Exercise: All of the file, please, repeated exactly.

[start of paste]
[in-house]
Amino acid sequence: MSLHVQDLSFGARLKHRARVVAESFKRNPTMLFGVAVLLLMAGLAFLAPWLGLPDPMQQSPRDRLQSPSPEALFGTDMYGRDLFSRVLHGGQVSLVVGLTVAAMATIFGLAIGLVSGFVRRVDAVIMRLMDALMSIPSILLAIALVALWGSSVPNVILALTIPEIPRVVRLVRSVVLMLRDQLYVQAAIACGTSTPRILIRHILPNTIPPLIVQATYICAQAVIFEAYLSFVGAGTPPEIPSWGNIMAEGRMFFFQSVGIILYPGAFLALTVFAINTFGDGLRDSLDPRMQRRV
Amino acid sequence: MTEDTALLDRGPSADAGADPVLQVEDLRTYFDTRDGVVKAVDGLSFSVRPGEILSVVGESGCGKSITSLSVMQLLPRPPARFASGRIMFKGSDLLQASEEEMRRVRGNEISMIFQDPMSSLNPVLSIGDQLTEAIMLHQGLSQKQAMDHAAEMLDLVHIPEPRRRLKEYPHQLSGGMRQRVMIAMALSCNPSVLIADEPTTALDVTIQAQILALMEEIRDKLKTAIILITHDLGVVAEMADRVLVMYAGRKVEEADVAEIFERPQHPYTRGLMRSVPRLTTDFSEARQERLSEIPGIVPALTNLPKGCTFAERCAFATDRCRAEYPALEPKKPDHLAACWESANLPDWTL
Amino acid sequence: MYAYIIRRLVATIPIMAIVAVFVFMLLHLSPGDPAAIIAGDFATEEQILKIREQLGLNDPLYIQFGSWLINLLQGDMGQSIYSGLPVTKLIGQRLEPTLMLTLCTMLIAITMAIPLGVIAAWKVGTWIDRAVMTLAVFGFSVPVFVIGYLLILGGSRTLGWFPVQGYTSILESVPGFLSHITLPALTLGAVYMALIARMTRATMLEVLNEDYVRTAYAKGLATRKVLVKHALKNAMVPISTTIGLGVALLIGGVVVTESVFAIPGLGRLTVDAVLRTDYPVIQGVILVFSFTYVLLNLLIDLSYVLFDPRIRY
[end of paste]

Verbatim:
[in-house]
Amino acid sequence: MSLHVQDLSFGARLKHRARVVAESFKRNPTMLFGVAVLLLMAGLAFLAPWLGLPDPMQQSPRDRLQSPSPEALFGTDMYGRDLFSRVLHGGQVSLVVGLTVAAMATIFGLAIGLVSGFVRRVDAVIMRLMDALMSIPSILLAIALVALWGSSVPNVILALTIPEIPRVVRLVRSVVLMLRDQLYVQAAIACGTSTPRILIRHILPNTIPPLIVQATYICAQAVIFEAYLSFVGAGTPPEIPSWGNIMAEGRMFFFQSVGIILYPGAFLALTVFAINTFGDGLRDSLDPRMQRRV
Amino acid sequence: MTEDTALLDRGPSADAGADPVLQVEDLRTYFDTRDGVVKAVDGLSFSVRPGEILSVVGESGCGKSITSLSVMQLLPRPPARFASGRIMFKGSDLLQASEEEMRRVRGNEISMIFQDPMSSLNPVLSIGDQLTEAIMLHQGLSQKQAMDHAAEMLDLVHIPEPRRRLKEYPHQLSGGMRQRVMIAMALSCNPSVLIADEPTTALDVTIQAQILALMEEIRDKLKTAIILITHDLGVVAEMADRVLVMYAGRKVEEADVAEIFERPQHPYTRGLMRSVPRLTTDFSEARQERLSEIPGIVPALTNLPKGCTFAERCAFATDRCRAEYPALEPKKPDHLAACWESANLPDWTL
Amino acid sequence: MYAYIIRRLVATIPIMAIVAVFVFMLLHLSPGDPAAIIAGDFATEEQILKIREQLGLNDPLYIQFGSWLINLLQGDMGQSIYSGLPVTKLIGQRLEPTLMLTLCTMLIAITMAIPLGVIAAWKVGTWIDRAVMTLAVFGFSVPVFVIGYLLILGGSRTLGWFPVQGYTSILESVPGFLSHITLPALTLGAVYMALIARMTRATMLEVLNEDYVRTAYAKGLATRKVLVKHALKNAMVPISTTIGLGVALLIGGVVVTESVFAIPGLGRLTVDAVLRTDYPVIQGVILVFSFTYVLLNLLIDLSYVLFDPRIRY